the sexual relationship was consensual, is well merited. The first

sexual contact was established six months prior to the lodging of the

report. According to P.W.1, she was subjected to sexual intercourse on

five to six occasions thereafter. P.W.1, concededly, disclosed the sexual

relationship between her and the accused only after she conceived.

The evidence of P.W.1 is that she demanded medical expenses from the

accused. The accused did not oblige and when her parents asked the

accused as to why he did not bear the medical expenditure, the accused

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5 apeal382.17

threatened them. The version of the prosecutrix is that the accused

was ready to pay only Rs.6,000/- and asked her parents to take the

prosecutrix with them and therefore, she lodged the report against the

accused. In the cross-examination, it is suggested to her that she and

the accused fell in love, which suggestion is denied. However, P.W.1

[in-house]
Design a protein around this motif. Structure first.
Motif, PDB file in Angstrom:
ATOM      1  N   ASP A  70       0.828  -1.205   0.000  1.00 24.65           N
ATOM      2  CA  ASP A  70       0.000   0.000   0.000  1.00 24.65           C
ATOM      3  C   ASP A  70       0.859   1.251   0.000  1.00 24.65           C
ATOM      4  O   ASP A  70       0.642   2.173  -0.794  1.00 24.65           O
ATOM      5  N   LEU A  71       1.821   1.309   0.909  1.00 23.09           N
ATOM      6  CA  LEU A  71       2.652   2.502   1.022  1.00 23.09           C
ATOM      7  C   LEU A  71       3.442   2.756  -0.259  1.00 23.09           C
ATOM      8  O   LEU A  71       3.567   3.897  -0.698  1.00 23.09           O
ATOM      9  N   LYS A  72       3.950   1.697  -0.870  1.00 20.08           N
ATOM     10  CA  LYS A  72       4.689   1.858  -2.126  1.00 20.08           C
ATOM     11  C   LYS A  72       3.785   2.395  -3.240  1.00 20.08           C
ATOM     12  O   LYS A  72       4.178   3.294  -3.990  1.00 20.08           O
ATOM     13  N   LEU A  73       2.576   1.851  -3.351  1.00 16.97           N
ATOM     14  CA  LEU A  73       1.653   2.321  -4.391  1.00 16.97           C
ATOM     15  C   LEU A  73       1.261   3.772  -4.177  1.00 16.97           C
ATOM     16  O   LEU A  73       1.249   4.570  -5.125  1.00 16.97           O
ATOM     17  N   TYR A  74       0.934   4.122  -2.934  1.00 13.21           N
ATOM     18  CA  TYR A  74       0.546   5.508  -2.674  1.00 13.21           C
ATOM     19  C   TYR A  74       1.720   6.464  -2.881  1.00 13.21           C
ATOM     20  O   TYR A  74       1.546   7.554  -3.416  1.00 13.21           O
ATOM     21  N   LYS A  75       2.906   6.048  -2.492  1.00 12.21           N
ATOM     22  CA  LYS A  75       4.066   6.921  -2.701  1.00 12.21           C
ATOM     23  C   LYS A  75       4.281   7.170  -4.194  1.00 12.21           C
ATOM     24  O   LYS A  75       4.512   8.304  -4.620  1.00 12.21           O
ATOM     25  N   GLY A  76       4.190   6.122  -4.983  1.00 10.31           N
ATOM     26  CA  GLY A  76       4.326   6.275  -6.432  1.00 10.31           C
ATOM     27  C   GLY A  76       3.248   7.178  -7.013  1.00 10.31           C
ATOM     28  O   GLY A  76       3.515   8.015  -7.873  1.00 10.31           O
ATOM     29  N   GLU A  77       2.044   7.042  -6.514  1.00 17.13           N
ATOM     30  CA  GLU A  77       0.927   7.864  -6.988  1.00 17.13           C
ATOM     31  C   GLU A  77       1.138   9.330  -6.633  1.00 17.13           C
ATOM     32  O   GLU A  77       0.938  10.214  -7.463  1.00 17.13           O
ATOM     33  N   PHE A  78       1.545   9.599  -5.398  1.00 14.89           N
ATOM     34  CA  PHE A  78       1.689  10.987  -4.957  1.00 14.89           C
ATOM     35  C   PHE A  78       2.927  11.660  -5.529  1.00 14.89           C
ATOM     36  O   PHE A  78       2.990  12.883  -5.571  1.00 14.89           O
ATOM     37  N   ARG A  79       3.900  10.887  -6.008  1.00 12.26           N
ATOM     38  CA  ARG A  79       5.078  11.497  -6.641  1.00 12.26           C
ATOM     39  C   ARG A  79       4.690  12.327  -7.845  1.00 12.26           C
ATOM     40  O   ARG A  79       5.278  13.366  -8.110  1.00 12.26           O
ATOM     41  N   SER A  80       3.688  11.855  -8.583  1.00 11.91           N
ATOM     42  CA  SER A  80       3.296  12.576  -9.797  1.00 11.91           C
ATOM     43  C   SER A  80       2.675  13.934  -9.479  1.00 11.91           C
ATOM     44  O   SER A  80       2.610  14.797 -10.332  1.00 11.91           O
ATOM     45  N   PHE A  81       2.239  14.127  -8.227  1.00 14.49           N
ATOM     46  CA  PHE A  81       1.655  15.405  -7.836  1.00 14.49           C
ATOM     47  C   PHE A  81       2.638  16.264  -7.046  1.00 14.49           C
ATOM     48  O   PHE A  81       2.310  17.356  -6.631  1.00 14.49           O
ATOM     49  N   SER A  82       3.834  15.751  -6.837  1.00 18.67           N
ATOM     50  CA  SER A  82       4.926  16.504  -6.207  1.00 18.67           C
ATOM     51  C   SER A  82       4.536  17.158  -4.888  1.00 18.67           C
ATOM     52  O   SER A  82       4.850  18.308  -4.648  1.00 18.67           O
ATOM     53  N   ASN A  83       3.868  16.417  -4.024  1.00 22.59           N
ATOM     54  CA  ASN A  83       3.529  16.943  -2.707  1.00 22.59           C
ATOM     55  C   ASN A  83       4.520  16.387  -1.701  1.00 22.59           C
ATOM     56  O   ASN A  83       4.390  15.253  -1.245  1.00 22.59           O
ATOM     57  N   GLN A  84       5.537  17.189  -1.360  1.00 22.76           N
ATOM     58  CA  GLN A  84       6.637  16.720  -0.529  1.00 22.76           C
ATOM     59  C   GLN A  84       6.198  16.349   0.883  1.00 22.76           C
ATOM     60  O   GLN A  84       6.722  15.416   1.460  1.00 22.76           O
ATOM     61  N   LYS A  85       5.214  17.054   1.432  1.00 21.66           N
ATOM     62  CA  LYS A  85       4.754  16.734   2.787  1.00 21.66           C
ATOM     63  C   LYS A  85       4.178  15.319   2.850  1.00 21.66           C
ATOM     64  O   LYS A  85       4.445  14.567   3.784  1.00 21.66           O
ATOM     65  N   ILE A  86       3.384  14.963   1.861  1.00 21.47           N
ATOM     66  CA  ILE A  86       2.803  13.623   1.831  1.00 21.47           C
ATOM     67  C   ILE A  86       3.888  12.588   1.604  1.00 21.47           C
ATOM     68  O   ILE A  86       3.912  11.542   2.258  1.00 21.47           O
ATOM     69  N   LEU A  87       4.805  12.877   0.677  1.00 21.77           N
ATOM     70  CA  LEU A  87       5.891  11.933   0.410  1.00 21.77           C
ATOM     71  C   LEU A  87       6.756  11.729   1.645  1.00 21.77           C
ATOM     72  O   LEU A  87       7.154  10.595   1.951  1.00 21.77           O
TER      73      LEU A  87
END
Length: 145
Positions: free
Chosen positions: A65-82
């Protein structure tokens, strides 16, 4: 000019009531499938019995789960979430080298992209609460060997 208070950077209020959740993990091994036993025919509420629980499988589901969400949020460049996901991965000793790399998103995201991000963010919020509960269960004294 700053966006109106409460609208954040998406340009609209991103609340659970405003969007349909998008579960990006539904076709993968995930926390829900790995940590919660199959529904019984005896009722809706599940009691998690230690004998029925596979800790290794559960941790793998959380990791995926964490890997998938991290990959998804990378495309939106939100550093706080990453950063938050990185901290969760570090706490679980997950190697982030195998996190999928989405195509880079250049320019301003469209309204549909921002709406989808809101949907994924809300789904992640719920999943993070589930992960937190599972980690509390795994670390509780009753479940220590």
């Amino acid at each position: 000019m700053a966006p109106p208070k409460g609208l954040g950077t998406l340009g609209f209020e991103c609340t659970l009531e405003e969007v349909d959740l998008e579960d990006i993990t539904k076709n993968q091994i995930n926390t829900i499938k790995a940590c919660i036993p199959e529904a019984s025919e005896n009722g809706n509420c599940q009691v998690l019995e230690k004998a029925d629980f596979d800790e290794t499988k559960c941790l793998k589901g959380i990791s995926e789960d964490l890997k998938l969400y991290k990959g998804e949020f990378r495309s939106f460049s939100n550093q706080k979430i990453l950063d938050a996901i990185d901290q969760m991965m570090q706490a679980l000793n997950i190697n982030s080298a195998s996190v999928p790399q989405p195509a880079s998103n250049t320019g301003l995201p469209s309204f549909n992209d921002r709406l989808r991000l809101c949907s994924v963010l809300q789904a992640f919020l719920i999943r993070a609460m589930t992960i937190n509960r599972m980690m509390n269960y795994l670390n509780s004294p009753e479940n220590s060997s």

admits that the wife of the accused was aware of the sexual

relationship between P.W.1 and the accused. She denies the

suggestion that the accused established sexual contact with her in

presence of his wife. She admits that she accompanied the accused to

village Talwel during the Tur (split pigeon peas) harvesting season and

lived with the accused at Talwel for five to six months. She admits that

she visited her parental home twice and that she did not disclose to her

parents the sexual relationship during her first visit and that she

disclosed the sexual relationship to her parents only after she came to

know that she was pregnant. She admits that the accused did not pay

Rs.6,000/- to her parents towards medical expenses and she lodged the

report since the accused did not make the said payment nor did he

provide medical aid for termination of the pregnancy.

7. In the teeth of the evidence of P.W.1, the conclusion is

irresistible that the sexual relationship was consensual. The pivotal

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6 apeal382.17

issue is whether the prosecution proved beyond reasonable doubt that

the prosecutrix was less than eighteen years of age when the accused